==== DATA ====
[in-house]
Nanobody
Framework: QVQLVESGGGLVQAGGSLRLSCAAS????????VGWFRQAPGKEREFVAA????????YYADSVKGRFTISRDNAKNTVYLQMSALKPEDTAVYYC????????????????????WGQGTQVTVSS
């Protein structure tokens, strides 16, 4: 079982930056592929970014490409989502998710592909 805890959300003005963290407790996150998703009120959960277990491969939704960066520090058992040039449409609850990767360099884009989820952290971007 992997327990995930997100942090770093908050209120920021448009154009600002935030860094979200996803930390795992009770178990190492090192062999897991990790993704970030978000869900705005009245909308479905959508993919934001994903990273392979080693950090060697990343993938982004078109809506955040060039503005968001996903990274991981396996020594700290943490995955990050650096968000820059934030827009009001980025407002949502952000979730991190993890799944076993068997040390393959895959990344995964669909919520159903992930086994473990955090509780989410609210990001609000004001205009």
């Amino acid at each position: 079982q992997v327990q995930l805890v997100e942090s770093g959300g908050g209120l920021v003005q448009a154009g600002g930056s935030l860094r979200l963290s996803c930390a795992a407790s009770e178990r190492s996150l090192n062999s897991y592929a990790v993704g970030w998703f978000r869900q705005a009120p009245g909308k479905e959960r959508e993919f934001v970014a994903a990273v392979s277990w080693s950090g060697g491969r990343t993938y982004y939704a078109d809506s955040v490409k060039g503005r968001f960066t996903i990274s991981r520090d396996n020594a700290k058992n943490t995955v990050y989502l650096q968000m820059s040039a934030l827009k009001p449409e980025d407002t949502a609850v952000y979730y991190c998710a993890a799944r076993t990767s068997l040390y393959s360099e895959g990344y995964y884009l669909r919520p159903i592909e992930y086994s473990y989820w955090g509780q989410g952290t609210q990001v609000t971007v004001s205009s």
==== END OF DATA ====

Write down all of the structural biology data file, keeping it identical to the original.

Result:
[in-house]
Nanobody
Framework: QVQLVESGGGLVQAGGSLRLSCAAS????????VGWFRQAPGKEREFVAA????????YYADSVKGRFTISRDNAKNTVYLQMSALKPEDTAVYYC????????????????????WGQGTQVTVSS
């Protein structure tokens, strides 16, 4: 079982930056592929970014490409989502998710592909 805890959300003005963290407790996150998703009120959960277990491969939704960066520090058992040039449409609850990767360099884009989820952290971007 992997327990995930997100942090770093908050209120920021448009154009600002935030860094979200996803930390795992009770178990190492090192062999897991990790993704970030978000869900705005009245909308479905959508993919934001994903990273392979080693950090060697990343993938982004078109809506955040060039503005968001996903990274991981396996020594700290943490995955990050650096968000820059934030827009009001980025407002949502952000979730991190993890799944076993068997040390393959895959990344995964669909919520159903992930086994473990955090509780989410609210990001609000004001205009």
């Amino acid at each position: 079982q992997v327990q995930l805890v997100e942090s770093g959300g908050g209120l920021v003005q448009a154009g600002g930056s935030l860094r979200l963290s996803c930390a795992a407790s009770e178990r190492s996150l090192n062999s897991y592929a990790v993704g970030w998703f978000r869900q705005a009120p009245g909308k479905e959960r959508e993919f934001v970014a994903a990273v392979s277990w080693s950090g060697g491969r990343t993938y982004y939704a078109d809506s955040v490409k060039g503005r968001f960066t996903i990274s991981r520090d396996n020594a700290k058992n943490t995955v990050y989502l650096q968000m820059s040039a934030l827009k009001p449409e980025d407002t949502a609850v952000y979730y991190c998710a993890a799944r076993t990767s068997l040390y393959s360099e895959g990344y995964y884009l669909r919520p159903i592909e992930y086994s473990y989820w955090g509780q989410g952290t609210q990001v609000t971007v004001s205009s």